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Welcome to The Quest, a newsletter intended to inspire and inform those interested in experiencing optimal well being in body, mind and spirit. For archived newsletters and more information, please see my website at www.deborahlow.com.

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February 2004

In this issue of The Quest:

1. The Quest Quote
2. The Quest Question
3. The Quest Article: Is Atkins “Going on a Diet?”
4. News

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1. Quote:
Being inspired is fine for a week, and being motivated might work for a month or so, but to make any lifestyle change last a lifetime, you need dedication. ~ John Bingham, running columnist

How are your January goals progressing? The month of February is often a more accurate test of our dedication towards change. If you haven’t continued with your plan, spend some time today to reassess your resolutions to ensure that they are actually important to you and worth your energy. If they are, re-adjust your expectations or original plan of action in order to get back on track.

2. Question:
I have been doing an hour of exercise every morning for the past five weeks and have felt great, but lately I am not motivated to give it my all in each workout.  Is this normal?  What can I do to fix it? Michelle Allen, age: 28

Very normal. First of all, you didn’t mention what type of exercise you are doing, but an intense hour of any type of exercise, seven days a week is bordering on doing too much. Answer these questions: Are you tired? How is your energy level when you are not exercising? Are you sleeping poorly, or having a difficult time getting out of bed in the morning? Is your resting heart rate elevated? These symptoms, along with a lack of motivation, are key signs of over training. When we over train and fail to give our body necessary recovery days and adequate nutrition, our fitness improvements will stop altogether.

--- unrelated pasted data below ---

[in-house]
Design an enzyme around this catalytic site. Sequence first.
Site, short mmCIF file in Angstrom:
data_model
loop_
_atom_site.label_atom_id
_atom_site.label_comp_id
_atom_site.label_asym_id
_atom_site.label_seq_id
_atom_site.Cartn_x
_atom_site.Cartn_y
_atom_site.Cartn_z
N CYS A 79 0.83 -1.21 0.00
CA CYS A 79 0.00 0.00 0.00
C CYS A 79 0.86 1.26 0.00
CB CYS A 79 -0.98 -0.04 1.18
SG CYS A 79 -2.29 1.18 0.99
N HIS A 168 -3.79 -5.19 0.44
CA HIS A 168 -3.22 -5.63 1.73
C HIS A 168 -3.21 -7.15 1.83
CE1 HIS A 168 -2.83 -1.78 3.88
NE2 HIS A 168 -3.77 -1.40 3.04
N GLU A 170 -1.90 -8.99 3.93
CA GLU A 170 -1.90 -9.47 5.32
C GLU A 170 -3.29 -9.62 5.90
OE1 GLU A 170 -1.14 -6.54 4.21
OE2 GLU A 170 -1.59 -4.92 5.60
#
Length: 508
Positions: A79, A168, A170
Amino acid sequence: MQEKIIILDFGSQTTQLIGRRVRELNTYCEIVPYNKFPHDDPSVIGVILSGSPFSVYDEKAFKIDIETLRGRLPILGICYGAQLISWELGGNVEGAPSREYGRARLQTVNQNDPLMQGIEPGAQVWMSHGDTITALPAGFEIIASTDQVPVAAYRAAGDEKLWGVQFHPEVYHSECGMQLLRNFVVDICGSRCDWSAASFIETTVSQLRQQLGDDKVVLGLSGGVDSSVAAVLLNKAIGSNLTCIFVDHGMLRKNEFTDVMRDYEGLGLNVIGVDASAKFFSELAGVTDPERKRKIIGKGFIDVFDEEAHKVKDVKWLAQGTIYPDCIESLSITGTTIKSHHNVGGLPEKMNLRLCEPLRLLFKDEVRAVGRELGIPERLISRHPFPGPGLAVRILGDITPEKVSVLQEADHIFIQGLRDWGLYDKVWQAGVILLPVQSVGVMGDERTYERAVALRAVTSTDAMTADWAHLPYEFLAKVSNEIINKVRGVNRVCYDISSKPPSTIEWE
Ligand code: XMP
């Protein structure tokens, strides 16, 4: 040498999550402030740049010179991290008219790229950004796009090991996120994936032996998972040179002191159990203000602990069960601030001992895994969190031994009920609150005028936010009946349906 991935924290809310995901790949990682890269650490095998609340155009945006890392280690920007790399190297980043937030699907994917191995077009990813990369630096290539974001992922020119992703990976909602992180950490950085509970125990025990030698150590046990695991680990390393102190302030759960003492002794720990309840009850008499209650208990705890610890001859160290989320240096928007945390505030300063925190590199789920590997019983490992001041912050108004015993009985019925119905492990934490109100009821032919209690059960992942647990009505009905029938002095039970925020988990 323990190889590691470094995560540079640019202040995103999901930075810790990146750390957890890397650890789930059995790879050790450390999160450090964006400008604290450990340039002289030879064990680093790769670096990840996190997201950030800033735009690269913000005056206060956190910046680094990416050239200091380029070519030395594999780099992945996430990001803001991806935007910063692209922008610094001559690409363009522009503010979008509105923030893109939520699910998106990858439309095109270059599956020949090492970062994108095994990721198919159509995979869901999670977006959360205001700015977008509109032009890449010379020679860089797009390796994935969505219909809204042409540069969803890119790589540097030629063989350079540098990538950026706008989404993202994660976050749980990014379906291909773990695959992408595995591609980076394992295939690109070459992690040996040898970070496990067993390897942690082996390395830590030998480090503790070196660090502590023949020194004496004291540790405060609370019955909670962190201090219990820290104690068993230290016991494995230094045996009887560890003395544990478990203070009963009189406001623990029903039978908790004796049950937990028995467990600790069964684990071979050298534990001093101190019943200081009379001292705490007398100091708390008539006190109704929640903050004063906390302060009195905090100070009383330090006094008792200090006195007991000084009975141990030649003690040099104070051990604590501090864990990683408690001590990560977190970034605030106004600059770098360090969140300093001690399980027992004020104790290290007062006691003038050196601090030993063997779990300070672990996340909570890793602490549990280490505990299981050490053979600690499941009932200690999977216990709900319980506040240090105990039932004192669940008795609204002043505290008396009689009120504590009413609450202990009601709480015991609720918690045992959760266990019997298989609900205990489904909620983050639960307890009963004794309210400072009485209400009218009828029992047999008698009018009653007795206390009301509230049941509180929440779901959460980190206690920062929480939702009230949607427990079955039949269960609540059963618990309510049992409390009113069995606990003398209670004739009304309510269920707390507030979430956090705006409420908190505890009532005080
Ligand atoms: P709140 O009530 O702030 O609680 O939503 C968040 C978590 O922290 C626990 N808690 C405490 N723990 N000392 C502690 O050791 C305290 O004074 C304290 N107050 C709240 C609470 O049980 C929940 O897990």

If you suspect that you may be overdoing it, take a break from your program at least one to two days a week. If you want to be active on your ‘rest’ days keep it mild, like a stretch class or a social walk. You may also want to look at your diet. Are you eating too few or too many calories? Eating too few calories zaps our energy, killing even the best intentions to exercise. The chronic dieter knows this only too well. Cut the calories in your diet too much and most fitness plans go out the window. How do you expect to have the motivation to exercise when you are merely meeting your body’s caloric requirements to sleep all day? Is it any surprise that after a long day at work the couch looks more attractive then your gym bag? For the well-seasoned dieter that struggles with motivation, increase your consumption of healthy calories by 200-300 a day, over the next few weeks and give your body the physical support it needs to help you meet your fitness goals.

Eating too much is also detrimental to our motivation level. Our bodies get sluggish and tired when they are required to work overtime—digesting and assimilating more food then necessary. Think: Thanksgiving or Christmas dinner. Most would agree that the hour after eating a rich, heavy meal is not the most energized moment of the day. Lighten the workload on your body. Feed it small, regular balanced meals throughout the day and watch your energy and motivation levels return.